For the binding, I cut the strips 2.75 inches wide.  This is my second attempt at putting on binding, but this video explains the process.  I used a zig-zag stitch to secure the binding.  



For the oven mitts, I made a pattern by tracing an oven mitt that I already had and added about an inch around the perimeter to account for the seam.

For one oven mitt, I cut four pieces of fabric because two of the pieces will be the lining for the inside of the mitt.  You don't have to use the same fabric for the lining.

Four pieces of batting were also cut out.  Two pieces for each side of the mitt.

To assemble the mitt, see picture above.   There are four layers of fabric for each half of the mitt.

To secure all four pieces of fabric, sew diagonal lines 1.5 inches apart.  I used a washable fabric marker to mark my lines for sewing.

When both halves of the mitt are sewed, trim the edges.

For the binding at the bottom of each half, I cut two strips, 2.5 inches wide and 6.5 inches long.  The width of my oven mitts at the bottom are 6 inches but I add an additional half inch for wiggle room.

For each binding strip, with wrong sides together, iron in half.

Then open it up and bring one side to the center fold and iron, 

and then fold the other side to the middle and iron.

Put the binding on the mitt and sew.

With right sides together, face both oven mitt haves together and sew about 1/4 inch in from the sides.  At this point you are sewing 8 layers together.

If you turn the mitt inside out, there will be a lot of puckering around the thumb.  To alleviate this, trim the excess in the thumb area really close to the stitching.  To reinforce the stitching, it's a good idea to sew the thumb area a few times.  Trimming the excess around the entire mitt is a good idea to reduce the bulk.

Here are two finished oven mitts ready for gifts!  I didn't add the little hanger loop at the base of the mitt but that's an additional detail you can choose to add.

The Neighborhood Rooster Visits the Homestead

Jon, Paul, and I were ecstatic last Sunday when we woke up to a rooster crowing in our front yard!  We were all jumping for joy and I ran to the barn as quick as I could to let the chickens out of the coop.  As you may remember in a recent January post, our golden comets had become very aggressive with the barred rocks and were jumping on their backs, pulling out neck feathers.  Their necks became so raw, red, and unsightly that we worried if blood were drawn, that we would find dead chickens in the coop.  So for three months we have kept the two chicken breeds in separate areas of the barn with separate free-range time because even when they forage together, the golden comets would hunt down the barred rocks and bully them.  For months Jon and I have dealt with the frustrations of isolation which quite honestly is a hassle, and if we had a larger homestead with more animals, all 6 would be processed and put into jars right now.  I have been given advice from other chicken owners on how to deal with the pecking.  Aside from putting some nasty goop like pine tar on their heads to discourage pecking, I have been told that a rooster would solve the problem.  So when this beautiful rooster just happened to be strutting around our front yard, we had a burst of hope that all of the hens could happily live together without isolation.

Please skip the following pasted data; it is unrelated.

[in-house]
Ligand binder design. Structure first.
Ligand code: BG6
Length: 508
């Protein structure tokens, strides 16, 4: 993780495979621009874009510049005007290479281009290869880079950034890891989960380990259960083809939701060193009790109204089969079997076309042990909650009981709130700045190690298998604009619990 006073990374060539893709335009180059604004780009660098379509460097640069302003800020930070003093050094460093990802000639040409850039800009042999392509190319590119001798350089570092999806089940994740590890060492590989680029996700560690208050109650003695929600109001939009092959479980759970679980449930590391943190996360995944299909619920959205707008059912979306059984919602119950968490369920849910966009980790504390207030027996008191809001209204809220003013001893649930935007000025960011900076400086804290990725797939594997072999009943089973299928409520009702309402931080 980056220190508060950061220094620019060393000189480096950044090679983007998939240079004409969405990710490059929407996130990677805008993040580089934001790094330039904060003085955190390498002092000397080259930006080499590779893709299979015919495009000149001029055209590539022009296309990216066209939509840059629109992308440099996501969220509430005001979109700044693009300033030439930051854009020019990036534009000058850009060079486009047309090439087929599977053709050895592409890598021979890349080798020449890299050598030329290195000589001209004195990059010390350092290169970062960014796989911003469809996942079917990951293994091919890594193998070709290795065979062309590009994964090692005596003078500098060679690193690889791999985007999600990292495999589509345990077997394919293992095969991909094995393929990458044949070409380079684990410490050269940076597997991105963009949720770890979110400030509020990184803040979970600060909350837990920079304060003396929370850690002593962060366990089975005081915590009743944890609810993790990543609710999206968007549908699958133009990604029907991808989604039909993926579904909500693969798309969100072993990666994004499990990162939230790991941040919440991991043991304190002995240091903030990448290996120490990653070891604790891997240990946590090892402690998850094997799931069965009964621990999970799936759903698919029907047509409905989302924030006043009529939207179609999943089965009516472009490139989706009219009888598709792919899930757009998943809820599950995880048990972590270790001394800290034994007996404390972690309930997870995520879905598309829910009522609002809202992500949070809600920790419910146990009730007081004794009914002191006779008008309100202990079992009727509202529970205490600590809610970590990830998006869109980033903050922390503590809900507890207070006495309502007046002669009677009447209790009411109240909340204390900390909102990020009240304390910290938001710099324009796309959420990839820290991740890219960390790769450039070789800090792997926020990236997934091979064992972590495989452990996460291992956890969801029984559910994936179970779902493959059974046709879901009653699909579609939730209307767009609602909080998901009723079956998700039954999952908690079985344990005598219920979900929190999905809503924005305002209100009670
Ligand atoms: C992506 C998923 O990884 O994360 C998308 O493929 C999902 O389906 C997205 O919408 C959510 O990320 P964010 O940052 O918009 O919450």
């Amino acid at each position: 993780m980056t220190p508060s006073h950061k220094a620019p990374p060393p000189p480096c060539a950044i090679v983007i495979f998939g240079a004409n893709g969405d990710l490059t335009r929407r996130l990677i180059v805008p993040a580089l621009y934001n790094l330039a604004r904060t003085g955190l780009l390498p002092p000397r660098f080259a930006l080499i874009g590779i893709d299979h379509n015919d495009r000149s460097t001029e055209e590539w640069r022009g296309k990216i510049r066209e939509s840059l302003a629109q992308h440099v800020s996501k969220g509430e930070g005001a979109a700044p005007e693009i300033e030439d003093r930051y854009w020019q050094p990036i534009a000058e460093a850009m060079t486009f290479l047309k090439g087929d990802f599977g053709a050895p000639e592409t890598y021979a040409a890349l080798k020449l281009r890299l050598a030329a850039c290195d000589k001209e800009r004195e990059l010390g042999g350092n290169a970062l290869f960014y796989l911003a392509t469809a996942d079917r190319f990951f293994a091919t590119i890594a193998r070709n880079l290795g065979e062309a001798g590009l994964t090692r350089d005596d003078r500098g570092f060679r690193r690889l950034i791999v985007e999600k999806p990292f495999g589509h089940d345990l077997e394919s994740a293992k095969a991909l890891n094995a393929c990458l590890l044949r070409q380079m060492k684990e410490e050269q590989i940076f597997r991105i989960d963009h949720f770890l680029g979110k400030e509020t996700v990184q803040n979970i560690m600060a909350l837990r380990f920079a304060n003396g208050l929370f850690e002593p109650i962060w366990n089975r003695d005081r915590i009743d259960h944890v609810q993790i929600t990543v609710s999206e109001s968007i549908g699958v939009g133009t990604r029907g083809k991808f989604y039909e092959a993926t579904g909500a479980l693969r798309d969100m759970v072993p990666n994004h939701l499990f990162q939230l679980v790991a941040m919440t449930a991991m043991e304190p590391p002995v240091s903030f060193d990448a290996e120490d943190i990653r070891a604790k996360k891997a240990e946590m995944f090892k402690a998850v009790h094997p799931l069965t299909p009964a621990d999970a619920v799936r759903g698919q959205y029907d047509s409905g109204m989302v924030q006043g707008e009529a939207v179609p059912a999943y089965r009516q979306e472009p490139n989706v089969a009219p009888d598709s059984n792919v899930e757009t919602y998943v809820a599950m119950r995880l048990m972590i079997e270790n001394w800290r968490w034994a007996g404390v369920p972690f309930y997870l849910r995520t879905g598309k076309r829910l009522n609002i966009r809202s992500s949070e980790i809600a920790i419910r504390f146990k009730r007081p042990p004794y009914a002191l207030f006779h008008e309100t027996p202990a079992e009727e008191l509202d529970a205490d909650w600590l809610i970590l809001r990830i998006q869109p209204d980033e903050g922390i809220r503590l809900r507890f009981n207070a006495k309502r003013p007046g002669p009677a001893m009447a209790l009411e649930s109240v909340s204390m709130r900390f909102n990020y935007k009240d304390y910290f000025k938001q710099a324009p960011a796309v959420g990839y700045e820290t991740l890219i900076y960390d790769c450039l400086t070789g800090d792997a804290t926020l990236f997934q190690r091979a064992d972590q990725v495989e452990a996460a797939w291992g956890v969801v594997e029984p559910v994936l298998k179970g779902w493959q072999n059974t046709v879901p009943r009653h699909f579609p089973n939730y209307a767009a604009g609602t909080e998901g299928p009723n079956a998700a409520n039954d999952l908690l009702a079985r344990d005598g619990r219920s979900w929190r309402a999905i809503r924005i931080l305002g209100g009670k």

The rooster's first day here was quite the ruckus and the hens were doing everything they could to evade this fast running rooster!  After all, these girls have been without a dominant male and didn't have the civilized manners a rooster demanded.  He was continuously gathering them up and chasing down the hen that got away.  He was flying and running from one end of the homestead to the other.  It was quite a fiasco, but within two days, order was established and he was taking the hens out foraging in twos or threes while the others remained in the barn or grazed by themselves.  With this change in routine, the hens had their minds occupied and left each other alone.  A few times they would lunge at each other, but no pecking occurred that I saw.